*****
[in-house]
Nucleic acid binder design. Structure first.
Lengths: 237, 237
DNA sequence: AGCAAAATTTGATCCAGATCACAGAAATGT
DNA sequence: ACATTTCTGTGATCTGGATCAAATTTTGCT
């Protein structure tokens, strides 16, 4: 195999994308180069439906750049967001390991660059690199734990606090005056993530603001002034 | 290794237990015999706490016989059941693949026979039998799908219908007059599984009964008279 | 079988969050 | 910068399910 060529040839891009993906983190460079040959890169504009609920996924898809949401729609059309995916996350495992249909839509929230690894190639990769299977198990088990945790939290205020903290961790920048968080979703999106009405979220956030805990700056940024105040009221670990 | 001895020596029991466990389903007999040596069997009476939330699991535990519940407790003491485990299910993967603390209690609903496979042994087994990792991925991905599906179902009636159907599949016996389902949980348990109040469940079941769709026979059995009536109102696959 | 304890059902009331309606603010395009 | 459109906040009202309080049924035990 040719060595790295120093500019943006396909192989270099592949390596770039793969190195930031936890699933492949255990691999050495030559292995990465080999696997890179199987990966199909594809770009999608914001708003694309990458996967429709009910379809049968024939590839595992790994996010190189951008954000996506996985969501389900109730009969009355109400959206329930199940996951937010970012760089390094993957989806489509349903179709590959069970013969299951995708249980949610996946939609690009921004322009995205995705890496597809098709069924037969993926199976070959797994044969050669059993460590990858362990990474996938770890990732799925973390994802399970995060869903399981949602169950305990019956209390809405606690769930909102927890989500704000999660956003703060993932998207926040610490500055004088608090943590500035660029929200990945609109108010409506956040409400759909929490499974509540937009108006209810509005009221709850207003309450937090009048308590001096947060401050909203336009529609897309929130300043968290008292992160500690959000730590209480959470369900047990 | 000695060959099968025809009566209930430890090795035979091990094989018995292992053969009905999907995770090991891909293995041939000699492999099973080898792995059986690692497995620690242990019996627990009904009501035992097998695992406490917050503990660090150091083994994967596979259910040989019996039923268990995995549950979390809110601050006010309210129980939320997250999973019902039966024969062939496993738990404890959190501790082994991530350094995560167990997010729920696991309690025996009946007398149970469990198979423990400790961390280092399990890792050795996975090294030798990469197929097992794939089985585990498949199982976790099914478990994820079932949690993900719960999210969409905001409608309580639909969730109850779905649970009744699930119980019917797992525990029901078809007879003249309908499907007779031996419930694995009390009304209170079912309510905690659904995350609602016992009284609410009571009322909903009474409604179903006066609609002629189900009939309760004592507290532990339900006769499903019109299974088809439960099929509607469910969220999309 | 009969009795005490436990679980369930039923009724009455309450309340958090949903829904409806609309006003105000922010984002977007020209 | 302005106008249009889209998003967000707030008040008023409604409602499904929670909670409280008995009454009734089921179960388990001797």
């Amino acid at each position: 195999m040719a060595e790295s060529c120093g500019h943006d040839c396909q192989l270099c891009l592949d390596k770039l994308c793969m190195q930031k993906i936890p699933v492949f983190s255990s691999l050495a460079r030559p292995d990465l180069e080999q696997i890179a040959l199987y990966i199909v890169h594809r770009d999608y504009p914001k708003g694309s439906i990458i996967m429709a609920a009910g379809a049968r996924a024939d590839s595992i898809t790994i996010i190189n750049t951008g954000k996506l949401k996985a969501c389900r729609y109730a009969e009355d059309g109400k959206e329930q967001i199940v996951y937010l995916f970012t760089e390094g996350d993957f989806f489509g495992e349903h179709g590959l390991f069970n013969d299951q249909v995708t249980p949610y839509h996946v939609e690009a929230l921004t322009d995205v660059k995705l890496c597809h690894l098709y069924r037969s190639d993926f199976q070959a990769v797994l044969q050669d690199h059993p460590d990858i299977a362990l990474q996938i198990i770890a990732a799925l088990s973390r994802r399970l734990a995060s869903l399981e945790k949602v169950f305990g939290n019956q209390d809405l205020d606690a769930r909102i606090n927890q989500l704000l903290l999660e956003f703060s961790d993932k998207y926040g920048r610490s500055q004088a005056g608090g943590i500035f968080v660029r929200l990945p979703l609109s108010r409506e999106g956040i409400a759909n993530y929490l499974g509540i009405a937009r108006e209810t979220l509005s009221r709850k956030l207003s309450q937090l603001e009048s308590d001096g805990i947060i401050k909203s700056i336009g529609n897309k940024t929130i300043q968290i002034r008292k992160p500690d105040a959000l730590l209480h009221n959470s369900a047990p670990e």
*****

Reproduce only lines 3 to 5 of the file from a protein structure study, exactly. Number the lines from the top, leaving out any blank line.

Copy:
Lengths: 237, 237
DNA sequence: AGCAAAATTTGATCCAGATCACAGAAATGT
DNA sequence: ACATTTCTGTGATCTGGATCAAATTTTGCT